Yield Tracker

YIELDS ON government securities (GS) rose last week as traders remained cautious on growing expectations of rate hikes from the US Federal Reserve and the Bangko Sentral ng Pilipinas (BSP).
On average, GS yields went up by 25.20 basis points (bp) week-on-week on Friday as bond prices dipped from previous levels, data from the Philippine Dealing and Exchange Corp. as of Sept. 14 showed.
With the exception of the 91-day Treasury bills (T-bills), all tenors saw their yields go up in the secondary market. At the short end, the 182- and 364-day T-bills climbed by 26.61 bps and 26.83 bps to yield 4.4497% and 5.1748%, respectively, while the rate of the 91-day T-bill fell by 54.72 bps to 3.5332%.
In the belly of the curve, the four-year Treasury bond (T-bond) posted a 54.11-bp increase to yield 6.8018% followed by the five-year T-bonds, which saw its rate climb 43.93 bps to 7.0089%. The two-, three- and seven-year debt papers followed, gaining 6.87 bps (5.7348%), 24.52 bps (5.7689%) and 13.44 bps (6.7534%), respectively.
At the long end, the 10- and 20-year T-bonds saw their rates go up by 88.44 bps (7.5571%) and 21.93 bps (7.6589%), respectively.
“GS yields increased this week due to widespread expectations of another US and PH rate hike this month,” said Guian Angelo S. Dumalagan, market economist at Land Bank of the Philippines (LANDBANK).
“Yields jumped the most [last] Monday after the US non-farm payrolls report beat market expectations. Trade tensions abroad merely tempered the rise in domestic interest rates,” he added.
Carlyn Therese X. Dulay, first vice-president and head of institutional sales at Security Bank Corp., shared the same assessment, adding that the rejection of all bids by the Bureau of the Treasury (BTr) for the reissued 10-year Treasury bonds last week “led [the] market to be defensive in prices across the curve in the secondary market.”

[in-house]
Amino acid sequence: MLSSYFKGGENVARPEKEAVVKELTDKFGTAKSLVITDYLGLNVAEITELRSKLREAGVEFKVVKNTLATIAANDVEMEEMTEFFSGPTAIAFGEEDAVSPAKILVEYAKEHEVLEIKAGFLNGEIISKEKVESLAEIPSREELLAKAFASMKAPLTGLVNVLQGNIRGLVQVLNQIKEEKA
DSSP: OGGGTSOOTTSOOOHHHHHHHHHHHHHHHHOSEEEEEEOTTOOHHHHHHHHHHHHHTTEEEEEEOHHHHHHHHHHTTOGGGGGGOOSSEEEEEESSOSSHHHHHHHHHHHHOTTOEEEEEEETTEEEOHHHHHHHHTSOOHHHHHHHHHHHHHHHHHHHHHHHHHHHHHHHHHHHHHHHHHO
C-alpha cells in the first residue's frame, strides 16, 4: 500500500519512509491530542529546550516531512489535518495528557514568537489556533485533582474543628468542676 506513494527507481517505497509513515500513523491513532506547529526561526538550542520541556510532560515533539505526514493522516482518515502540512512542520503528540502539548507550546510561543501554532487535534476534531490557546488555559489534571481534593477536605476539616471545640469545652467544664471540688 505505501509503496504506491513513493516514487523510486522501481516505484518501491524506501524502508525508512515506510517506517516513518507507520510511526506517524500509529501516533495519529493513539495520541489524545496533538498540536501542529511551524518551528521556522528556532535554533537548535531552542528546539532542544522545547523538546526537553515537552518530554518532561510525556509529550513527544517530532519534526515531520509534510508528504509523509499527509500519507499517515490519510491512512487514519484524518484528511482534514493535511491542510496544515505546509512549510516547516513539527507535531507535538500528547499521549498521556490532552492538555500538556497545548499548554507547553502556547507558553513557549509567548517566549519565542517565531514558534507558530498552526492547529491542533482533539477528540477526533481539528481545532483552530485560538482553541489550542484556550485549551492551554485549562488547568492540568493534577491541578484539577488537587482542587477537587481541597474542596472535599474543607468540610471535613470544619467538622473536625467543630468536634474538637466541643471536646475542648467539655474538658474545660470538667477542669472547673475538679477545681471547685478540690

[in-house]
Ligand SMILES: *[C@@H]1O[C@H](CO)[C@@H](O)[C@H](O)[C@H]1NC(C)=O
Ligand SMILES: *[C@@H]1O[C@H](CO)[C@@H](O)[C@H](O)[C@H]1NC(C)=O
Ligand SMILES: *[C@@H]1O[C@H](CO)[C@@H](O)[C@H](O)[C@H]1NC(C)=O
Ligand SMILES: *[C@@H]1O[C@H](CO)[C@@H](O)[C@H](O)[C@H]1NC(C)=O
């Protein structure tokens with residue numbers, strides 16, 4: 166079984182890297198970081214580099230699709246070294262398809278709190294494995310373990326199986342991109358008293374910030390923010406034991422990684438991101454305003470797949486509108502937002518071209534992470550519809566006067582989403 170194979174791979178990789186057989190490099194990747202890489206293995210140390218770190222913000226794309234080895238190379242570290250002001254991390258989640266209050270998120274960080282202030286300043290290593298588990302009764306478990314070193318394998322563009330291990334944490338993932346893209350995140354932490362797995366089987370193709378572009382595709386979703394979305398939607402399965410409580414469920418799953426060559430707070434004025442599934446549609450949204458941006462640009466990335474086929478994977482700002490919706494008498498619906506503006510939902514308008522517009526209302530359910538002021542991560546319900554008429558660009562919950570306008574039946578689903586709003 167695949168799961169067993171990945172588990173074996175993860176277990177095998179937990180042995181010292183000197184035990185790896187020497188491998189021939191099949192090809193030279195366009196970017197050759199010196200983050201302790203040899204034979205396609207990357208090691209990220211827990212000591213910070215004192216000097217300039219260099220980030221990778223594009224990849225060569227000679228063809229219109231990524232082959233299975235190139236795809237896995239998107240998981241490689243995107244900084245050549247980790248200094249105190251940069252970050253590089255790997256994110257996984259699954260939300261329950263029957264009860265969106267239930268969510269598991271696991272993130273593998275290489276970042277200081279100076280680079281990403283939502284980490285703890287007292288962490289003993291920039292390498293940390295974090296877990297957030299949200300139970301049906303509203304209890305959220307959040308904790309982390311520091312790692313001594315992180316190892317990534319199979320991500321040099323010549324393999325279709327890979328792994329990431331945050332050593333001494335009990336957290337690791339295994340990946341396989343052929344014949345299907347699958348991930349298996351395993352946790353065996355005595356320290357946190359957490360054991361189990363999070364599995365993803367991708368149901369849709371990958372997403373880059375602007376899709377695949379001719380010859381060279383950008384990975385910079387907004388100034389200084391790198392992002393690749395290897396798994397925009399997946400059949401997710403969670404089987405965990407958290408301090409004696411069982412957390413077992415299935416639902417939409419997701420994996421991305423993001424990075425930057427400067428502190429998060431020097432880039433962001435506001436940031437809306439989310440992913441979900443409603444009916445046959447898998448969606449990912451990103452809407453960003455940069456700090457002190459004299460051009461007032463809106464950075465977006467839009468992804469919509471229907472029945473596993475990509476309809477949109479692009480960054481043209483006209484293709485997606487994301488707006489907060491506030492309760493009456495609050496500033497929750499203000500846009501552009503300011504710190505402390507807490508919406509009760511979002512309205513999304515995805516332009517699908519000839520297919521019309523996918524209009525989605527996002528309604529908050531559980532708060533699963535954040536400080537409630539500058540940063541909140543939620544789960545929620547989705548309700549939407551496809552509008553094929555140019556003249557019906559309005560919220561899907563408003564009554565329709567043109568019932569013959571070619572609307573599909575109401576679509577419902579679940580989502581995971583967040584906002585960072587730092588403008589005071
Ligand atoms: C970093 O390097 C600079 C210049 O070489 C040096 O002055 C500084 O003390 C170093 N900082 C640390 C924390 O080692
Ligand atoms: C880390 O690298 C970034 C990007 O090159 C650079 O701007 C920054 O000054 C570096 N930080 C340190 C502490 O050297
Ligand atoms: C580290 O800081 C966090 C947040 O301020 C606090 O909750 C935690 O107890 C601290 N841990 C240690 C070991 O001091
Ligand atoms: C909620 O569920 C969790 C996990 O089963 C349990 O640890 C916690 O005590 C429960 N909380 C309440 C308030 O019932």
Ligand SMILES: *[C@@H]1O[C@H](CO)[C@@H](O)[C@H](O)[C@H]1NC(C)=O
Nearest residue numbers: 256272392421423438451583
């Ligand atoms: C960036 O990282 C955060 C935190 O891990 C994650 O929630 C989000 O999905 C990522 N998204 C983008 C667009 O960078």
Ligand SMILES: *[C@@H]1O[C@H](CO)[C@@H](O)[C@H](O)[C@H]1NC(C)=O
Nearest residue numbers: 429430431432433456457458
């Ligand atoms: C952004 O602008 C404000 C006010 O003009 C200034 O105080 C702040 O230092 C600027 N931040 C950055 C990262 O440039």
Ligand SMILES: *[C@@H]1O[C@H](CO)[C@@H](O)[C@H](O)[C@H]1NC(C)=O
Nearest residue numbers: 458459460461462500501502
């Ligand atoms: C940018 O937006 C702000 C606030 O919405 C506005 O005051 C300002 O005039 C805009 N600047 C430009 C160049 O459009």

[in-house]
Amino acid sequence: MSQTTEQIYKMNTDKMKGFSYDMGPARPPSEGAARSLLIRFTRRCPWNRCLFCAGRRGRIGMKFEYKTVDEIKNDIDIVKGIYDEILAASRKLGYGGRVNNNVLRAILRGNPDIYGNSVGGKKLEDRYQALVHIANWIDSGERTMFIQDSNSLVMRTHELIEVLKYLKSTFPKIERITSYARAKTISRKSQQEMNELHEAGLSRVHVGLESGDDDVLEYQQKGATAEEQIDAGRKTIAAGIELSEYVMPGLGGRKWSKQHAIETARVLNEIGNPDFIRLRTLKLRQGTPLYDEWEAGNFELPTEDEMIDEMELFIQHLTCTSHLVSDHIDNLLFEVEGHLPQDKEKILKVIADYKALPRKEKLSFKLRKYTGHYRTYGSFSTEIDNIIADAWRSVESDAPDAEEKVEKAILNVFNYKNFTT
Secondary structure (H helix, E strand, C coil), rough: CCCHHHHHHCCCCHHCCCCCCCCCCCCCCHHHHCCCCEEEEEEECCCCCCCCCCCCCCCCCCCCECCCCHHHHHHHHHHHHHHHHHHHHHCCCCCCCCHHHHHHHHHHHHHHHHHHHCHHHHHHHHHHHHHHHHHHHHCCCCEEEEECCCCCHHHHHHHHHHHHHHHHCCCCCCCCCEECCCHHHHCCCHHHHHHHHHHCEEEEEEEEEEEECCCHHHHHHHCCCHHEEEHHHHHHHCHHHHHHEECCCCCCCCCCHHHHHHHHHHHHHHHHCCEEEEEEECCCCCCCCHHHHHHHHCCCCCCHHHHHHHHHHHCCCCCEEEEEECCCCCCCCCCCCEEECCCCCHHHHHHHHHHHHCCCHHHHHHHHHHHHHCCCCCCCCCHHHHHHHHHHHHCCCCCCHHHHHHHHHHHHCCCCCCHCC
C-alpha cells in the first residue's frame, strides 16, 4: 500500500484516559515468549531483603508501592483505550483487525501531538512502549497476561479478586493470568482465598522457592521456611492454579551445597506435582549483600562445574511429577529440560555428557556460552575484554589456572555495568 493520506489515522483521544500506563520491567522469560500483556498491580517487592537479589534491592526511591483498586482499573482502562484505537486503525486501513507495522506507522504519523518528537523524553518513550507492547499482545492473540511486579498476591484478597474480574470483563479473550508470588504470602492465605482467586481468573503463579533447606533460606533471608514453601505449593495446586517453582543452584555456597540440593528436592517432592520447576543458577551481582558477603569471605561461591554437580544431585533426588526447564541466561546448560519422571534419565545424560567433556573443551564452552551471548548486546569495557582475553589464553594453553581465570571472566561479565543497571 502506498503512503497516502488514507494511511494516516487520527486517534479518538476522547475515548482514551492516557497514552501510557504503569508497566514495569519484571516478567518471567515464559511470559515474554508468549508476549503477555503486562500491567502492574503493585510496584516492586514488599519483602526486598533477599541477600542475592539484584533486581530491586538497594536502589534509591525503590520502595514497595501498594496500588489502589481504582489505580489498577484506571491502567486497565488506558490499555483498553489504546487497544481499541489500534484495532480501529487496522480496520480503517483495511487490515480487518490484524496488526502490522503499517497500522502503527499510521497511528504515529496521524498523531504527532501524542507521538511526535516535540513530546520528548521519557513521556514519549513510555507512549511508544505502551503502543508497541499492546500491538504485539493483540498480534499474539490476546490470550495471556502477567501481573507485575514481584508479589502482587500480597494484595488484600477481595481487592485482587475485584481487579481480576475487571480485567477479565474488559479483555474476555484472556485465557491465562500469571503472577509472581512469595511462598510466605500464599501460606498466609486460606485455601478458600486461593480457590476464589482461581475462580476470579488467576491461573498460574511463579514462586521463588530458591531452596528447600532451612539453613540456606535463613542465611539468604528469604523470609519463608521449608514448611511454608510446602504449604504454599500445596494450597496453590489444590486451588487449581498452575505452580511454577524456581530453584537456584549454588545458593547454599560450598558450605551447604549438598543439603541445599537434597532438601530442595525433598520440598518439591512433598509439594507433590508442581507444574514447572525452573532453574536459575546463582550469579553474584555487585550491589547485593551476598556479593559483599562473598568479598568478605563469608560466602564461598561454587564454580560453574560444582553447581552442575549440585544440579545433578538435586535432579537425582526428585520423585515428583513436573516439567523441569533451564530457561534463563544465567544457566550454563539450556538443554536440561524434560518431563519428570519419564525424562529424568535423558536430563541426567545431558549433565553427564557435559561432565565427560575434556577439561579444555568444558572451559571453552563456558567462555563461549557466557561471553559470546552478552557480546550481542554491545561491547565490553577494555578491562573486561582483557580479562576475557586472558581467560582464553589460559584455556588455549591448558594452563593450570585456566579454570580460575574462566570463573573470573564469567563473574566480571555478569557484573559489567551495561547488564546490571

The BTr opted to reject all bids for its P15-billion offer of reissued 10-year bonds last Tuesday as tenders put forward by banks totalled P12.737 billion, below the amount the government wanted to borrow.
Had the BTr accepted all offers, the papers, which have a remaining life of nine years and six months, would have fetched an average rate of 7.64%, soaring by 129 bps from the 6.35% recorded in the bond offer in May.
The Treasury also rejected all bids for the 10-year papers when they were offered last July 3.
Meanwhile, economic managers are scrambling for solutions to curb inflation after it accelerated to 6.4% last month — its fastest pace in nine years. Even with elevated inflation being caused by supply-side issues, the central bank is widely expected to raise rates by another 50 to 100 bps by year-end to curb inflation expectations. The BSP has already raised rates by 100 bps since May.
Meanwhile, at the external front, market players are expecting another interest rate hike by Fed officials later this month. Fuelling these expectations was the increase in US non-farm payrolls — one of the metrics used in guessing the direction of US monetary policy — by 201,000 in August versus the 190,000 figure expected by economists. Given the low unemployment rate and increasing inflation rate in the US, Fed officials have been hawkish on the direction of monetary policy there.
For this week, Mr. Dumalagan said GS yields are expected to climb further given the sustained hawkish views on the monetary policy actions by the Fed and the BSP. “Trade concerns may still introduce some volatility,” he added, referring to the persisting trade tensions between the US and China.
For Security Bank’s Ms. Dulay, yields are expected to “trade within range” ahead of today’s T-bill auction, “which market expects to print 10-20 bps higher than previous auction levels.”
The Treasury is offering P15 billion worth of T-bills today. Broken down, the Treasury plans to raise P4 billion through the three-month papers, P5 billion for the six-month papers, and P6 billion in one-year T-bills. — Marissa Mae M. Ramos